Strain wave gearing is a unique mechanical gearing system that enables very high reduction ratios in a compact and lightweight package. Compared with traditional gear transmission systems such as helical or planetary gears, it can achieve a reduction ratio of up to 30 times in the same space.
In addition, it has zero backlash characteristics, high torque, high precision and reliability. Therefore, the gear transmission system is widely used in robotics, aerospace, medical equipment, milling machines, manufacturing equipment and other fields.
Strain wave gear was invented by C.Walton Musser in 1957, and its other common name "harmonic drive" is actually the brand name of the strain wave gear registered by the harmonic drive company.
A harmonic drive has three key components: a wave generator, a flex wheel and a circular spline.
The wave generator is oval in shape and consists of an oval hub and a special thin-wall bearing that follows the shape of the oval hub. This is the input to the gear set, which is connected to the motor shaft.
When the wave generator rotates, it creates wave motion.
The flexspline has a cylindrical cup shape and is made of a flexible but torsionally rigid alloy steel material. The sides of the cup are thin, but the bottom is thick and hard.
This makes the open end of the cup flexible, but the closed end is very rigid so we can use that as the output and attach the output flange to it. The end of the external spline has open teeth.
A circular spline, on the other hand, is a rigid ring with teeth inside. The arc spline has two more teeth than the flex spline, which is actually a key design of the strain wave gear system.
So, when we insert the wave generator into the flex spline, the flex spline becomes the shape of the wave generator.
As the wave generator rotates, it radially deforms the open end of the soft body spline. The wave generator and flexible splines are placed within the circular splines, meshing the teeth together.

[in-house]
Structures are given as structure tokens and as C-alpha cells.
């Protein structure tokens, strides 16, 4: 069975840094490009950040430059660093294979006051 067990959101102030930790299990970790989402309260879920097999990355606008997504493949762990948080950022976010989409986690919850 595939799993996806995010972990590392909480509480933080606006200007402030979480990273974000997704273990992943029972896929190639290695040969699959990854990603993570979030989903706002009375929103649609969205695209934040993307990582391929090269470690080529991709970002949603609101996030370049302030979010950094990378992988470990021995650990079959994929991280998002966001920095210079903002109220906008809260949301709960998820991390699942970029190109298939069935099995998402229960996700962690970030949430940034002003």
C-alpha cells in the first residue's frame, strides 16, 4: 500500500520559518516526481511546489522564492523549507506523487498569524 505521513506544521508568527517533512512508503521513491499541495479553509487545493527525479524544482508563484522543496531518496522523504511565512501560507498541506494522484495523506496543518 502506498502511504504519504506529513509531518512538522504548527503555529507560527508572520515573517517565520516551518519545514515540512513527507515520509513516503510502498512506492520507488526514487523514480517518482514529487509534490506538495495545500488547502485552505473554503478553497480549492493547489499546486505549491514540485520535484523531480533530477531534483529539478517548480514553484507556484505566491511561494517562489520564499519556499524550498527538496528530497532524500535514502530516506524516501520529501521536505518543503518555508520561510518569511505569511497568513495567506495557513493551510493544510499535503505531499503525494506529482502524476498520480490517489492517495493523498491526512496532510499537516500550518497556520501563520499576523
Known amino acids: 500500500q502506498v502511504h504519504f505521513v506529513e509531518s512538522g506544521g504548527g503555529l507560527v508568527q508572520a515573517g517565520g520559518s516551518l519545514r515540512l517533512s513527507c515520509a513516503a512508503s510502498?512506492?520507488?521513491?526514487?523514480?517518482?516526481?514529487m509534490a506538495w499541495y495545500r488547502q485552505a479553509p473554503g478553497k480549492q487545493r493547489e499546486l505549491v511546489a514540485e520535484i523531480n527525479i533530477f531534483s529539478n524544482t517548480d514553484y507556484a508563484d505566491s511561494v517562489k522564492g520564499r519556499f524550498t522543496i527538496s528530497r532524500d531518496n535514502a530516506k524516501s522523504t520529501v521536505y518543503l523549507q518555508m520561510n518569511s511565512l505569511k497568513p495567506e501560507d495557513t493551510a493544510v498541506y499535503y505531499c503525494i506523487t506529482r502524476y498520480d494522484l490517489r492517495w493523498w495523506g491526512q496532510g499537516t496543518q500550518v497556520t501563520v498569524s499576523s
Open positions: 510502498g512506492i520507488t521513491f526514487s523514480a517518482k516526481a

Due to the elliptical shape of the flexspline, the gear teeth mesh only in two areas on opposite sides of the flexspline that pass through the major axis of the wave generator ellipse.
Now, as the wave generator rotates, the flex spline teeth that mesh with the circular spline will slowly change position. Due to the different number of teeth of the flex wheel and the circular spline, every 180 degrees of rotation of the wave generator, the meshing of the gear teeth will cause the flex wheel to rotate a small amount backward relative to the wave generator. In other words, every 180 degrees of rotation of the wave generator, the flex spline teeth and the circular spline mesh only advance one tooth.
Therefore, for a full 360 degree rotation of the wave generator, the flex wheel will change position or advance two teeth.
For example, if the soft body spline has 200 teeth, the wave generator must make 100 revolutions to advance the soft body spline 200 teeth, or this is just one rotation of the soft body spline. This is a 100:1 ratio. In this case, the circular spline will have 202 teeth, because the number of teeth of a circular spline is always twice as large as that of a flex spline.
We can easily calculate the reduction ratio with the following formula. This ratio is equal to the flex gear teeth-circular spline teeth divided by the flex gear teeth.
So, taking the example of 200 teeth on a flex wheel and 202 teeth on a circular spline, the reduction ratio is -0.01. This is 1/100 of the speed of the wave generator, and a negative signal indicates the opposite direction of the output.
We can get different reduction ratios by changing the number of teeth or the number of teeth.
We can do this by changing the diameter of the mechanism while having the same size teeth, or by changing the size of the teeth that maintain the size and weight of the gear set.